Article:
The Racine Journal-Times Sunday Bulletin from Racine, Wisconsin on July 4, 1965 · Page 14
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July 4, 1965

The Racine Journal-Times Sunday Bulletin from Racine, Wisconsin · Page 14

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Sunday, July 4, 1965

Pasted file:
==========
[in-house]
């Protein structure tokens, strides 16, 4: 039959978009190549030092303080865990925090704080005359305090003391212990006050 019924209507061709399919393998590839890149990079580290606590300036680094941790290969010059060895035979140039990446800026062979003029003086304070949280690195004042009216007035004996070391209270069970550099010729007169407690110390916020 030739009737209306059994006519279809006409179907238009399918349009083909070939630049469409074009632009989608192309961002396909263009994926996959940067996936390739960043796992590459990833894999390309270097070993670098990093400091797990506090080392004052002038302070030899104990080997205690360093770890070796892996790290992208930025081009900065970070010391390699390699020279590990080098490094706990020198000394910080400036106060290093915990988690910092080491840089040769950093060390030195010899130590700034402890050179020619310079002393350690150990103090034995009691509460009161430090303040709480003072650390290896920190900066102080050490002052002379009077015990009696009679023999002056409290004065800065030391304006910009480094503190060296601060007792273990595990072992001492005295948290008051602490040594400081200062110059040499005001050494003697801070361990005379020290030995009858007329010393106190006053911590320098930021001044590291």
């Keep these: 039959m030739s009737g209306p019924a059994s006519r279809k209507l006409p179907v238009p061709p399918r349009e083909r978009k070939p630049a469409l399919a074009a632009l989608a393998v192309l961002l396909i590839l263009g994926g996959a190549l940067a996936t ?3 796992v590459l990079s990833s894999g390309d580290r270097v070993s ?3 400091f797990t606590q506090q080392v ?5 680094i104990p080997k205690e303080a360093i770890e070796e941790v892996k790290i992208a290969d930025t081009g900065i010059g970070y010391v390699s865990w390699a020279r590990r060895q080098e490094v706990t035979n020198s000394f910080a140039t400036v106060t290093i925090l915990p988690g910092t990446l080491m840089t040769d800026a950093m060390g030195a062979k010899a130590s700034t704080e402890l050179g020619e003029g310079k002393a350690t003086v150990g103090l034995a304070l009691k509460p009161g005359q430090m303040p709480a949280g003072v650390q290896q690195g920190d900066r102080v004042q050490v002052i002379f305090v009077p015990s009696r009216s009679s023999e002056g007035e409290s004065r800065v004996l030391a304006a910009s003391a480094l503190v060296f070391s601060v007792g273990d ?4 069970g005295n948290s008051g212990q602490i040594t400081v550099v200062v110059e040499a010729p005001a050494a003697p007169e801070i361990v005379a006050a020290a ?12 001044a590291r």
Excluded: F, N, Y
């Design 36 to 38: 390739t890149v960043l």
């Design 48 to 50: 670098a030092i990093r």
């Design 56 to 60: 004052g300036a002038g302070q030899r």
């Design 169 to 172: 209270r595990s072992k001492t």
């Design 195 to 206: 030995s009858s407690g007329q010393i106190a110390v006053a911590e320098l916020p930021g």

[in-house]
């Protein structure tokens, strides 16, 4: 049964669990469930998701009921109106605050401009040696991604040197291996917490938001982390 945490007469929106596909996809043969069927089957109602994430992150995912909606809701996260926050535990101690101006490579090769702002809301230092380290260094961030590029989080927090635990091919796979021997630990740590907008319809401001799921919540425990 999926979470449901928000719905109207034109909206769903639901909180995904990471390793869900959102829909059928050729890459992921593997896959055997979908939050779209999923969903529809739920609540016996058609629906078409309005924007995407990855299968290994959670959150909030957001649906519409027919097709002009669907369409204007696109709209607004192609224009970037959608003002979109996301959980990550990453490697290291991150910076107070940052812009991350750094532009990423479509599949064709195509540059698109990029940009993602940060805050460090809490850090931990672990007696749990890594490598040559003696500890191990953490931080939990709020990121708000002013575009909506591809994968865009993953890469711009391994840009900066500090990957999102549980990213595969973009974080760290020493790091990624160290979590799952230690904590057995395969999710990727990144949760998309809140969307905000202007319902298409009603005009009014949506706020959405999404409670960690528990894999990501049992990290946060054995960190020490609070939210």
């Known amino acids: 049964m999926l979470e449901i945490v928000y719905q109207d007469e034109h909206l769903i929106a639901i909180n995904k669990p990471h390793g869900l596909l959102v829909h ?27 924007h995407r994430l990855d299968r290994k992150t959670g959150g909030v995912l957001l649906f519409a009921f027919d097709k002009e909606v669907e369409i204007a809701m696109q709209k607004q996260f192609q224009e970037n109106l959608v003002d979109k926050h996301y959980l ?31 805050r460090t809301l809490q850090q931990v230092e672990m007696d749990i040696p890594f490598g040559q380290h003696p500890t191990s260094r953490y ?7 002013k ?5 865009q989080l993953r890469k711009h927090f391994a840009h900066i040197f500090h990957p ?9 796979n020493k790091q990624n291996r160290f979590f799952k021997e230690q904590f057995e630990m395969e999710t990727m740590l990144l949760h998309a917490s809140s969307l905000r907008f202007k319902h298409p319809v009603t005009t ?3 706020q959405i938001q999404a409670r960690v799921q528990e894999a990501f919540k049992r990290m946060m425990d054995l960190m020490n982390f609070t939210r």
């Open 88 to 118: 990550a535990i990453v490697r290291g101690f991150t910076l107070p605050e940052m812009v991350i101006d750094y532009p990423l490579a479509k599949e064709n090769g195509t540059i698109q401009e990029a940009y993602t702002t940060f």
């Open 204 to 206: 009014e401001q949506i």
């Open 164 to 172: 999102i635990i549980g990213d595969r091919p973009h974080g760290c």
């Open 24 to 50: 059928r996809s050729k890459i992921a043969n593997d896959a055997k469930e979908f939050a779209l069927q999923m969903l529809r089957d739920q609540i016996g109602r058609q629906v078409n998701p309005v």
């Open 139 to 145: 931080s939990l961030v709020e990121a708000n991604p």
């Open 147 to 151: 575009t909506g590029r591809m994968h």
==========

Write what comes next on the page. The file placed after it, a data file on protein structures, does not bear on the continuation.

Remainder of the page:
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fB RACMK JOORNAI /nMBS TOUCH OF FMtDOM 1 I Racihe, Wisconsin Sunday, July 4, 1965 Sober Thoughts for the 4th Racine's Goodwill celebration, now in Its 29th year, has lived through some trying periods. It was born as this community, along with the rest of the nation, was struggling out of the Great Depression. It spanned the six years of our participation in World War II, and later the Korean conflict. It has endured while a wide variety of troubles and problems beset the U.S. at home and abroad. And this 1965 observance comes midway in a year whose first six months have certainly tested American fiber, as will the remaining six—perhaps even more so. Charles Dickens wasn't, of course, thinking of today's America when, in speaking of an earlier 3"ear, he called it both "the best of times and the worst of times." But it's a pretty accurate description of the situation toda3^ as we celebrate the anniversary of the birth of American freedom. * * * At home, economic expansion continues apace, but the affluence it creates reveals in starker contrast than ever before the material and spiritual poverty in which millions of Americans still live. Each gain that has been made in social justice promises greater unrest in the future and shows how very far we have to go before all Americans can partake equally of freedom and opportunity. Abroad, more new nations breathe the heady atmosphere of independence, and more fall prey to political and economic chaos and the tug of war of competing ideologies. In Viet Nam, real war goes on at an ac­ celerating pace, bringing both hope that it must end in the best and fear that it will lead to the worst. It is not only the times when there are clear-out choices and unmistakable calls for sacrifice that try men's souls, as Thomas Payne wrote. This period of ambiguous crises and shadowy possibilities through which we are moving, of undeclared wars in which American soldiers die in handfuls at a time, is in some ways even more difficult than if we were faced with actual massive attack, upon the life of the nation. * s|: * For many Americans, international uncertainties engender fear and distrust of the awesome militarj^ power we possess and a desire to retreat into what historian Henry F. Graff of Columbia University calls "neoisolationism." For others, the .disruptions and demands of social evolution at home breed disillusionment with the American system, suspicion of neighbor and a longing to return to an individualistic independence that never existed. But America can neither abdicate its position as leader and defender of the free world, no matter how undesired and hazardous and costly that role may be, nor can it wish away the domestic challenges brought on by growing population, technology and changing human needs. It is the best of times and the worst of times. It is a time to try our souls. It is also the beginning of the 190th year of the independence of the United States of America. Compounding Past Mistake The State Highway Department and Sheriff Joseph Blessinger seem to be involved in an argument over the right time to conduct radar speed checks on Highway 32 south of Racine. He had requested that the limit be lowered. This the department denied, after some tests. However, he declares that they were made from 11 a.m. to 1 p.m., and it's earlier and later in the daj^—when workers from Racine are hurrying to or from Kenosha, and workers from Kenosha are hurrying to or from Racine—^that the highway really becomes dangerous. * * * For purposes of this editorial, we are not concerned about the proper time to make the speed checks. But from personal observation, and from the records of tragic accidents, we have long been convinced that traffic travels too fast on this main highway in Racine County. The limit on Highway 32 in Kenosha County is 45 miles an hour. Speed on the same highway north of Racine is limited to 40 miles an hour, except for a relatively short stretch near the Milwaukee County Line where it is 50. So why should it be 65 in the daytime and 55 at night only on the 1.7 miles between Racine and Kenosha in Racine County? •'f A- It may be "water over the dam" to point out that this highway should never have been made three-lane when it was reconstructed a relatively few years ago. This type of road was recognized as highly dangerous * even when the concrete was being poured at that time. Eventually, it will be made into, a divided four- lane highway. But in the meantime, it is folly to allow expressway speeds on an admittedly hazardous road with a middle lane or "no man's land" which invites accidents. The Highway Department made a mistake when it rebuilt the road. It shouldn't compovmd this error by stubbornly refusing to make the speed limit sensibly safe. The World in Focus Contrast in California: Weather, Politics, Swimsuits Frye Robert M. Hutchins Does Education Cause, Result from Prosperity? Hutchins There is a high correlation between the per capita Gross National Product of a country and the amount of schooling its population has received. The question is, which is cause and which is effect? Does the GNP result from the schooling or the schooling result from the GNP? Js the United States a great industrial power because of its educational system—or in spite of it? A country has to have a tremendous income to spend so much on education as the United States does. Only we can afford the kind of educational system we have. If other countries work toward an educational sj'stem like ours, will they, because they make this effort, achieve an income like burs? Rich Get Richer As GNP grows, education Is likely to grow with it. A poor country will feel that it cannot afford to withdraw young people from gainful employment. A rich country, on the other hand, is likely to be rich because its technology makes its labor highly productive, and it may put its young people in school because it cannot offer them employment. But this parallel growth of education and GNP does not necessarily take place. It has increased from around 6 million in 1900 to around 15 mil- ion in 1950. Apparently the causes of economic growth are more complicated than is commonly supposed. In Japan, for example, the expansion of education accompanied the industrialization of the country, but did not produce it. The causes of the economic growth of Japan appear to have been the release of the energies of the people through the abolition of feudal limitations on rising in the society, the maintenance of small businesses that did not require new skills or much education, and the habit of saving. Change Objective The figures on the last two points are of some interest. As late as 1957, more than half the labor force of Japan was working in plants employing fewer than 50 workers. The rate of saving in Japan has ranged between 15 and 20 per cent since 1900. The Japanese example supports the statement of Prof. Bert F. Hoselitz of the University of Chicago that "it is futile to argue that a big push in education by itself is an adequate means of promoting the developmental objectives of a new country." His conclusion is that the applicability of any educational policy depends upon the social, cultural and material environment in which it is applied. Unfortunately, we do not Reading a Columnist's Mail With Tex Reynolds From a Grateful Exchange Student Dear Tex: I am an exchange student who left Racine this week for my home in Peru, and I would like to address this letter to my friends. It has been wonderful to spend this year in your beautiful city with so many nice people. "Thanks" is a small word, but it conveys a thought that I shall never forget. I am especially thankful to Park High School, where I spent such an enjoyable and profitable school year and learned, I hope, to be "an American guy." Also, my most sincere gratitude to the wonderful family with whom I lived. I can't possibly express in words my love for them or how much I owe them. But they have given me something that will be good for all my generation, and all my people. Also, I will never forget the AFS and all the other groups that made my year in Racine such a great experience. I would like to hear fromj my friends. —ADOLFO REINOSO 212 Laticia (IV Centerorio). Arequipia, Peru Looking Backward 40 YEARS AGO July 4, 1925 — Maximum *; Minimum Holiday. No paper. *—Temperatures not available. By William R. Frye SAN DIEGO, Calif.—Some 1,600 people still pour into California every day, and once here, are captivated and stay. Horace Greeley, updated to 1965, might read: "G o-g o west, young man"; but the direction of the compass has not changed, Calif ornia has sun and sea and sand and some of the most spectacular scenery this side of Valhalla. It also has, side by side with some of the country's most fanatic political conservatism, a paradoxical zest and daring and willingness to innovate. This is the state of the topless female. In San Francisco's night spots, it is not just the performers who thrust their pride to th? fore. Waitresses, too, bust into" the act. The things they're wearing on Laguna Beach this season might almost as well be topless, and what "is more, they have become so commonplace the men scarcely look any more. Automobile dealers have gotten into the swim. They advertise their convertibles with banners reading, "Come in and see our topless models." Lively Feud The feud between San Francisco and Los Angeles is still lively, and is still taken seriously by many in both towns. The Los Angeles Times has just done a blistering series on the rival burg, concluding that it is in danger of becoming "the Knott's Berry Farm" of northern California. Knott's is a miniature Disneyland featuring a ghost town and scenes from the '49 gold rush. The San Francisco Chronicle printed the series in full, and it has been causing near- riots in bars on Powell Street. San Franciscans are a rare lot. Even in the fog, theirs is an enchanting town, but a man dressed for summer does need long-handled underwear as the wind whips a chill 55- degree. dampness up Nob Hill. On my fifth day there, the sun finally came out, the water glistened under the Bay Bridge, the cable cars clanged gaily, and the temperaiture soared all the way to 75 degrees. I raved to a cab driver. "What? he said, turning three-quarters of the way around in his seat and looking at me in amazement. "You like this hot weather?" San Diego's Bid San Diego is neutral territory. Once the town you passed through on your, way to wicked Tijuana, San Diego is itself now making a serious bid for tourists and settlers. Of the 1,600 people who come to California daily, some 300 settle here. The city and its environs have 60 miles of beach, more than 15,000 registered pleasure boats, 60 golf courses, and a climate free of both fog and smog—which encourages San Diegans to look down their noses at both their big northern neighbors. They will tell you, with just the proper degree of indulgent superiority, that Los Angeles suburbanites would rather drive two hours to play golf here than wait interminably on their own crowded links. This town remains to be "discovered" in the sense of a runaway boom. It is fighting off the effects of cutbacks in aircraft production. Still, some land values have Walter Lippmann Martin, Administration in Economic Conflict Lippmann or a Los Angeles or a Miami; and although the Chamber of Commerce would like to be "discovered,", the people. are just as happy to be a little off the beaten path, still paying $2.39 for a steak dinner, still renting cars for $3.00 a day and 3 cents a mile. There are fewer billboards here advertising cheap air fares to Vegas. You get the idea that people are not quite so restless, not quite so mad for a quick gambling buck, not quite so pleasure-hungry. The emphasis is oh outdoor living. There is a race-track, a "speakeasy" or two—after all, this is a Navy town — and some other relatively conservative night life with Tijuana still backstopping it all; butjthe tone and tenor of the WASHINGTON — Havirig great respect for William McChesney Martin, the chairman of the Federal Reserve Board, I' have been reading and rereading his celebrated speech of June 1. The reader will remember that it was called "D o e s monetary history repeat itself?" The burden of it was that as our prosperity proceeds on its record - breaking path, we must look for the warning signs of another great depression. Martin found enough "disquieting similarities" with the years before 1929 to warrant his saying that only by heieding the truths that were disregarded in the 1920s do "we have a good chance to avoid another such disaster." During the month that has followed the speech, the administration's economists and their colleagues in.the univer sities have been answering Martin's foreboding and trying to reassure the financial community and the investing public. The discussion has been unsatisfactory; and this may well be, it seems to me, the most important thing about it. For what it reveals is the existence of a conflict at the highest levels of economic policy. Different Reading Martin and some of the governors of the Federal Reserve Board on the one hand, and the president, his Council of Economic Advisers, his secre tary of the treasury, and his director of the budget on the other, have a very different reading of the country. Martin's speech did not contain specific recommendations or announcements of a change of policy by the Federal Reserve Board. But somehow San Diego seems more like a place to take your wife than your secretary. The people like it that way. San Diego is California in a one-piece bathing suit, conservative, covered-up, maybe] a bit old-fashioned. Like most such girls, she sees little need for change. The day may come when she goes brash, blonde and topless. But San Diegans are not going to hold their breaths until it happens. Do You Know Q—Are any American plants cannivorous? A—The three American plants that catch and eat insects are the sundew, the pitcher plant and the Venus's flytrap. speech seems to imply that the boom should be braked by restrictionary measures, such as reducing the supply of money and credit, and raising the interest rate. Martin, moreover, seemed to be saying that the defense of the dollar and the continuation of economic expansion may be incompatible one with the other. The crucial question raised by his remarks is whether we are on the verge of having two conflicting policies—that of the administration, which is to encourage the.continued expansion of demand, and that of the Federal Reserve Board, which is to hold back the expansion. Road to Confusion Whatever one's opinion of suppose that anything but confusion and a loss of confidence could come from trying both of them at once. This brings us to the fundamental problem that has been revealed by the conflict between Martin and the administration. In conformity with the traditional role of central banks, which was written into law in the Banking Act of 1935, the Federal Reserve System, though its governors are appointed by the president, is an independent institution. It is a public but not a governmental institution. Thus, Martin is not, like Treasury Sec. Henry_ H. Fowler, a member of 'the Johnson administration. The independence of the Federal Reserve Board derives from the time when the management of money and credit was the function of the bankers alone. This traditional position of a central bank was radically impaired by the great depression of 1929 and by the revolutionary changes in economic thinking that stem from John Maynard Keynes. At the end of World War II, Congress passed the Employment Act of 1946, which gives the president,'a mandate to use his power J.o keep unemployment low, to keep prices reasonably steady and to promote an adequate rate of economic growth. Untidy But Flexible This has left us with two separate sets of officials, both of them responsible for. management of the economy. There is the Federal Reserve Board with power over the supply of credit and the structure of interest rates. There is the administration with power to spend and tax, to finance the debt and to give grants in aid. The two sets of powers have to be exercised harmoniously. The problem raised by Martin's speech is how to ensure harmony in action without producing a conformity that prevents critical debate in the formation of policy. It is hard to see how this can be written into law. Almost certainly what we must fall back upon is an understanding that in high financial policy the Federal Reserve Board can advise and can warn, but it must not act at cross purposes with the i administration. Thus, Martin, for example, Would remain free to say that credit should be restricted and interest rates increased, but the Federal Reserve Board should not carry out such a policy if it is contrary to that of the president. This is, to be sure, untidy. But it is the kind of untidy arrangement by which so often old institutions are adapt- the two policies, no one caned to changing conditions. Roscoe Drummond Republican Trouble Deeper Than Disorder Somebody ought to come out and say it: the Republi- nearly doubled .j" . ^he past seven years, fnd the down |^ ^ town skyhne has been trans-;' _ ^_ formed in the past three. There is a feeling of impending boom, of the Miami of the 1920s. Coronado Peninsula, a spit of land between a bay and an ocean, could easily become the Miami Beach it physically resembles when a bridge is built across the bay. Good or Bad? But San Diegans are not sure whether this is good news or bad. They do not want to be a San Francisco Drummnnd know what edi^cational policy not in Brazil. That country I in what environment will pro-j 30 YEARS AGO has one of the fastest grow-|duce economic growth. Since] July 4, 1935 — Maximum ing economies in the world, we do not, it would seem wise 86; Minimum 64. Yet its educational level is;to renounce economic growth Holiday. No paper, lower, in proportion to the as an aim of education and; ' — population, tlian it was before|to adhere to a different pur-' 20 YEARS AGO pose—helping human beings! July 4, 1945 — Maximum its economic expansion began. The number of illiterates over 15 years of age in Brazil 1 to develop their human pow-j77; Minimum 56. ers. Holiday. No paper. e )965 br NEA, Inc "Tlic only thing to do is set up a reactionarj', incompetent government, THEN ask for American support!" gomg cured talking about the need of winning the suburban vote and b e I; t e r ways of raising money. President Eis e n h o wer is beginning 1 0 bring it into the open and he is speaking more in sadness than in anger. He has joined National Chairman Ray Bliss in criticis­ ing the splintering of the party by ideological factions and in sternly larhenting the "hoodlum" disorder of the 1964 convention. That's a good beginning and Eisenhower has earned his credentials to speak to his party—and to be heeded. But what neither Eis.enhow- er nor the other leaders have attempted to determine is whether the malaise within party ranks i? cause or effect. It is clear, however, that the struggle to get the GOP back to the political center is being held back by it. Smear of Kuchel The malaise I am referring to is illustrated by too many incidents to be lightly dismissed. It is illustrated by the right wing Republican zealots in California who circulated an |ex-policeman's fabricated report attempting to smear one of the party's most respected and valuable senators, Thomas H. Kuchel. It was a false and baseless libel, now admitted by its perpetrators and apologized for. It is illustrated by the farce in which a pro-Goldwater ma'n, who was soon to leave as GOP finance director, had to be!his desk jimmied at night by by just I a once-trusted Bliss aide for the ostensible purpose of cap turing some lists of contributors he thought were going to be abused. It is illustrated by Eisenhower's publicly expressed "horror" at the confusion, intolerable deportment and booing of fellow-Republicans at San Francisco where, he said, there was "hoodlum harassment" of the wife of a speaker and of his own niece, who was a page on the floor. What can be the state of mind within a party to bring about such goings on? I am not suggesting that only Republicans have created unedi- fying scenes at national conventions. It is a part of the frenzied hoopla of any convention. Last summer the Democrats at Atlantic City put on more of a carnival than a convention. But the Republican malaise goes deeper than convention excesses. It is compounded of miasmic suspicions among themselves, mutual distrust and an apparent willingness on the part of the more extreme conservatives to tear the party apart rather than to try to build a workable consensus at the center. Only Beginning President Eisenhower is making a constructive beginning by urging that the convention be made a more orderly, businesslike and respectable instrument. But I cannot escape the conviction that something more fundamental is needed and soon. I believe that the dominant leaders of the party —senators, congressmen, governors and the National Committee—must decide where they want the party to go, what they want it to stand for —this year and into 1968. And then go there even if it means leaving the extremists on either side of the party to desert if they wish. Ideally the services of Barry Goldwater would be valuable within the party leadership. But outside the party his influence through his new Free Society Assn. is divisive —as divisive as a Nixon splinter group would have been if he had organized one like it after hit I960 defeat. I believe that the Republican leaders can succeed at re-grouping the party at its political center if they see it as crucial to do so—even at the risk of losing the extremes. The Republican party will not cure its malaise until itis leaders determine what they want the party to be. So They Say The law is set up so that it takes us too long to process a case. The public gets impatient with the slow working of government. And so do I. —Mrs. Virginia Brown, the only woman member of the Interstate Commerce Commission, * * • The time will undoubtedly come in the not too distanit future when the inflated costs of medical and, hospital carie will arouse sufficient public reaction- to result in government action. —Dr. George Baehr, chairman of the Public Health Council .df the State of New York. 4